W3C home > Mailing lists > Public > public-webid@w3.org > October 2012

Re: [saag] Liking Linkability

From: Henry Story <henry.story@bblfish.net>
Date: Fri, 19 Oct 2012 15:46:03 +0200
Cc: Ben Laurie <ben@links.org>, "public-philoweb@w3.org" <public-philoweb@w3.org>, "public-identity@w3.org" <public-identity@w3.org>, "public-privacy@w3.org" <public-privacy@w3.org>, Sam Hartman <hartmans-ietf@mit.edu>, "public-webid@w3.org" <public-webid@w3.org>, "saag@ietf.org" <saag@ietf.org>
Message-Id: <4324B524-7140-49C0-8165-34830DD0F13B@bblfish.net>
To: Ben Laurie <benl@google.com>

On 19 Oct 2012, at 15:31, Ben Laurie <benl@google.com> wrote:

> On 19 October 2012 13:01, Henry Story <henry.story@bblfish.net> wrote:
>> On 18 Oct 2012, at 21:29, Ben Laurie <ben@links.org> wrote:
>>> On Thu, Oct 18, 2012 at 8:20 PM, Henry Story <henry.story@bblfish.net> wrote:
>>>> On 18 Oct 2012, at 21:04, Mouse <mouse@Rodents-Montreal.ORG> wrote:
>>>>>> [...]
>>>>>> Unfortunately, I think that's too high of a price to pay for
>>>>>> unlinkability.
>>>>>> So I've come to the conclusion that anonymity will depend on
>>>>>> protocols like TOR specifically designed for it.
>>>>> Is it my imagination, or is this stuff confusing anonymity with
>>>>> pseudonymity?  I feel reasonably sure I've missed some of the thread,
>>>>> but what I have seem does seem to be confusing the two.
>>>>> This whole thing about linking, for example, seems to be based on
>>>>> linking identities of some sort, implying that the systems in question
>>>>> *have* identities, in which case they are (at best) pseudonymous, not
>>>>> anonymous.
>>>> With WebID ( http://webid.info/ ) you have a pseudonymous global identifier,
>>>> that is tied to a document on the Web that need only reveal your public key.
>>>> That WebID can then link to further information that is access controlled,
>>>> so that only your friends would be able to see it.
>>>> The first diagram in the spec shows this well
>>>> http://webid.info/spec/#publishing-the-webid-profile-document
>>>> If you put WebID behind TOR and only have .onion WebIDs - something that
>>>> should be possible to do - then nobody would know WHERE the box hosting your
>>>> profile is, so they would not be able to just find your home location
>>>> from your ip-address. But you would still be able to link up in an access
>>>> controlled manner to your friends ( who may or may not be serving their pages
>>>> behind Tor ).
>>>> You would then be unlinkable in the sense of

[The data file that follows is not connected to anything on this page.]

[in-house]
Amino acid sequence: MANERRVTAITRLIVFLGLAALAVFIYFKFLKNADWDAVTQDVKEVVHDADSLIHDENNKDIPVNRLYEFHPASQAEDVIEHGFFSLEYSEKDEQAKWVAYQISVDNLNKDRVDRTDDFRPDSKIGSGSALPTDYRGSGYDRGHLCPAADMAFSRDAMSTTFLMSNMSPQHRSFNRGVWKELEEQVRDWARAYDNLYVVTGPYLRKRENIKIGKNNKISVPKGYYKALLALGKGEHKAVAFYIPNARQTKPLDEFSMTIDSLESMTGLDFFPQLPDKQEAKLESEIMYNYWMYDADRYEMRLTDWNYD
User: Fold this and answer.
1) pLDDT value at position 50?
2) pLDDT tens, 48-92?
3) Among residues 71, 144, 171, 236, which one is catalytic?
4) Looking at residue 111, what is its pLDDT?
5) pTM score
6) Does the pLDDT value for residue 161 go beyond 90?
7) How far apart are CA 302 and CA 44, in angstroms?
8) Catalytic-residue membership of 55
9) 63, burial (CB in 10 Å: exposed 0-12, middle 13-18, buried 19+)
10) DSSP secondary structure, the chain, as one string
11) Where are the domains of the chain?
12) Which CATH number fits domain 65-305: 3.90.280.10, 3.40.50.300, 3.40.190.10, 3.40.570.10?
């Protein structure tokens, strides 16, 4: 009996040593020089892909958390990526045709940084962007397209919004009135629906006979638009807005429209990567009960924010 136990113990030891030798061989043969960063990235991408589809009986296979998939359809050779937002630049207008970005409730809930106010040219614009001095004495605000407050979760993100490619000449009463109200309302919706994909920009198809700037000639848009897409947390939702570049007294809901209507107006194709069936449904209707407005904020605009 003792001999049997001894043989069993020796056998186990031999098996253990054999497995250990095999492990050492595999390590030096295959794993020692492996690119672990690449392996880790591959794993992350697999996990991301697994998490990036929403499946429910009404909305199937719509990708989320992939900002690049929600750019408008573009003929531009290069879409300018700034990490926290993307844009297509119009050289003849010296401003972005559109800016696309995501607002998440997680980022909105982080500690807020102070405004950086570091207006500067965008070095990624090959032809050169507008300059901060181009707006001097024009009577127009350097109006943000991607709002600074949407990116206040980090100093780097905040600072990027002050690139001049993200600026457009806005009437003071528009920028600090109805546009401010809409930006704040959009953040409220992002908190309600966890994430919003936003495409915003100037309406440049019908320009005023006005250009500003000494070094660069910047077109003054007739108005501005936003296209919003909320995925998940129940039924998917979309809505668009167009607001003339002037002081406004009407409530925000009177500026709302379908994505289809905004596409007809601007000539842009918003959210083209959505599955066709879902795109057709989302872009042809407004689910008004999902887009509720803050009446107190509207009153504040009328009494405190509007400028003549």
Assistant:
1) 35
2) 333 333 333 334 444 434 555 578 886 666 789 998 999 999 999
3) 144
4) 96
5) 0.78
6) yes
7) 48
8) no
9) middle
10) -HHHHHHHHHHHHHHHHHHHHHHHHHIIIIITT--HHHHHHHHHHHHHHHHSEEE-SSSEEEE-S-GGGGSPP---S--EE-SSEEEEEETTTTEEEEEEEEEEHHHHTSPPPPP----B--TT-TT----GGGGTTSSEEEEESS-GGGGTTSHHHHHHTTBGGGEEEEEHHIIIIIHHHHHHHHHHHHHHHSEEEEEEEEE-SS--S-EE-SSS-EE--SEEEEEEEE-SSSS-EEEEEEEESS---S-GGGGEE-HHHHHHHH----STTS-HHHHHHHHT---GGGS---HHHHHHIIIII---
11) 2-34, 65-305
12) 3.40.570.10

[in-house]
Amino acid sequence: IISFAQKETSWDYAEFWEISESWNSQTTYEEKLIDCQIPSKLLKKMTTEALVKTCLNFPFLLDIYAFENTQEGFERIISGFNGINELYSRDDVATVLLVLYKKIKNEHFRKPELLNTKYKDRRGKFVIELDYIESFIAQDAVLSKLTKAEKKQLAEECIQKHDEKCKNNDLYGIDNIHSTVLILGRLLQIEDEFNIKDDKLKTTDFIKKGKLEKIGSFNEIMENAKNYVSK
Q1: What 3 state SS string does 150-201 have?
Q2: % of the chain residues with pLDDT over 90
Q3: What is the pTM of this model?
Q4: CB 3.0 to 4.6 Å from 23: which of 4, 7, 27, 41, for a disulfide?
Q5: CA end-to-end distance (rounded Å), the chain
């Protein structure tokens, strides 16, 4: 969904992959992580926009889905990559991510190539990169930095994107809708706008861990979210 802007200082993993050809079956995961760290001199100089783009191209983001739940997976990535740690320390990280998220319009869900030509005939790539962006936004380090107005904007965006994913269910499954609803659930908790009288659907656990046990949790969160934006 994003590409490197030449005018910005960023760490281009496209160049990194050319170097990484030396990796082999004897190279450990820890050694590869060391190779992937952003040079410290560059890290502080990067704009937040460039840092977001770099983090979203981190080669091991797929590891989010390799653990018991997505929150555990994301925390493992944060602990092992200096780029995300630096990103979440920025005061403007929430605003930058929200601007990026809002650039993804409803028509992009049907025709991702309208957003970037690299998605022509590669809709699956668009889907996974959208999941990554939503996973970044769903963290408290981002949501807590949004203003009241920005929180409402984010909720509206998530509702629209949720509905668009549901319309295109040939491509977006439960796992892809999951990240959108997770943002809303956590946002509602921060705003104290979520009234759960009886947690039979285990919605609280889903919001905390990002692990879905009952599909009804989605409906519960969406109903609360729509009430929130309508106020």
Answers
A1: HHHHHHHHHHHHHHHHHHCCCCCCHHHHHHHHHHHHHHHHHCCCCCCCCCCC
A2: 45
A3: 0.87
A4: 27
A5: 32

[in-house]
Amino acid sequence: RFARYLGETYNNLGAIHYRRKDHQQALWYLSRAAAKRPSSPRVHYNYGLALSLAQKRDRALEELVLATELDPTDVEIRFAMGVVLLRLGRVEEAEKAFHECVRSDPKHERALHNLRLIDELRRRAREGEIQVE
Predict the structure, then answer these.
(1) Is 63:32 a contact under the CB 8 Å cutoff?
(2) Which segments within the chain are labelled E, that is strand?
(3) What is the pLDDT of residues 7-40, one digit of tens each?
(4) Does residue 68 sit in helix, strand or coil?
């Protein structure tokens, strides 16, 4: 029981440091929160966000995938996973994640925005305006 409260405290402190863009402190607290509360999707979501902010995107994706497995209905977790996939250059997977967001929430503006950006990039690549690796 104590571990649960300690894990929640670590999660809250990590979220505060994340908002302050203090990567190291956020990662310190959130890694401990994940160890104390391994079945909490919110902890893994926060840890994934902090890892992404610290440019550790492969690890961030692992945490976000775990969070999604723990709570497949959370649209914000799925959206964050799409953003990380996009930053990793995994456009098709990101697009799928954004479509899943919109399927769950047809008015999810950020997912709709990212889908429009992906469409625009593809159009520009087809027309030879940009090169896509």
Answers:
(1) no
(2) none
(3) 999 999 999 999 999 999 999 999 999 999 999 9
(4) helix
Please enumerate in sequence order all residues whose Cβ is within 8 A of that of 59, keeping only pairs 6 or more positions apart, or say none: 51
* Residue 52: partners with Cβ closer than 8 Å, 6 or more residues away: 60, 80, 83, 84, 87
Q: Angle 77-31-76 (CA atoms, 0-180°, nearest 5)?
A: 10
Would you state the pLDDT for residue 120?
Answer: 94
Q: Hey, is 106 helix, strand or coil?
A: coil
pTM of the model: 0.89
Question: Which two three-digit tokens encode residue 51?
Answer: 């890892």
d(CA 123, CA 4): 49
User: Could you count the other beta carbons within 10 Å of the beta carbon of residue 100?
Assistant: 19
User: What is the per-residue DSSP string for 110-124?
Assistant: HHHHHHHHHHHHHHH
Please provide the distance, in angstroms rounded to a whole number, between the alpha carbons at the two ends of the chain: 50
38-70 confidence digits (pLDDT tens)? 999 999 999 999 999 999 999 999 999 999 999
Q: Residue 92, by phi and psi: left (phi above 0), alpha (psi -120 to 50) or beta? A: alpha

>>>> http://tools.ietf.org/html/draft-iab-privacy-considerations-03
>>>> [[
>>>>     Within a particular set of information, the
>>>>     inability of an observer or attacker to distinguish whether two
>>>>     items of interest are related or not (with a high enough degree of
>>>>     probability to be useful to the observer or attacker).
>>>> ]]
>>>> from any person that was not able to access the resources. But you would
>>>> be linkable by your friends. I think you want both. Linkability by those
>>>> authorized, unlinkability for those unauthorized. Hence linkability is not
>>>> just a negative.
>>> I really feel like I am beating a dead horse at this point, but
>>> perhaps you'll eventually admit it. Your public key links you.
>> The question is to whom? What is the scenario you are imagining, and who is
>> the attacker there?
>>> Access
>>> control on the rest of the information is irrelevant. Indeed, access
>>> control on the public key is irrelevant, since you must reveal it when
>>> you use the client cert.
>> You are imagining that the server I am connecting to, and that I have
>> decided to identify myself to, is the one that is attacking me? Right?
>> Because otherwise I cannot understand your issue.
>> But then I still do not understand your issue, since I deliberately
>> did connect to that site in an identifiable manner with a global id.
>> I could have created a locally valid ID only, had I wanted to not
>> connect with a globally valid one.
>> So your issue boils down to this: if I connect to a web site deliberately
>> with a global identifier, then I am globally identified by that web site.
>> Which is what I wanted.
>> So perhaps it is up to you to answer: why should I not want that?
> I am not saying you should not want that, I am saying that ACLs on the
> resources do not achieve unlinkability.

Can you expand on what the dangers are?

>>> Incidentally, to observers as well as the
>>> server you connect to.
>> Not when you re-negotiation I think.
> That's true, but is not specified in WebID, right? Also, because of
> the renegotiation attack, this is currently insecure in many cases.

WebID on TLS does rely on TLS. Security is not a goal one can reach,
it is a way of travelling. So I do expect every security protocol to
have issues. These ones are being fixed, and if more people build on 
them, the priority of the need to fix them will grow faster.

>> And certainly not if you use Tor, right?
> Tor has no impact on the visibility of the communication at the server end.

You really need to expand on what the danger is. Because again
I think you are thinking of the site I am connecting to as the attacker.
But I may be wrong.

>> Social Web Architect
>> http://bblfish.net/
>> _______________________________________________
>> saag mailing list
>> saag@ietf.org
>> https://www.ietf.org/mailman/listinfo/saag

Social Web Architect

Received on Friday, 19 October 2012 13:46:47 UTC

This archive was generated by hypermail 2.3.1 : Tuesday, 6 January 2015 20:54:37 UTC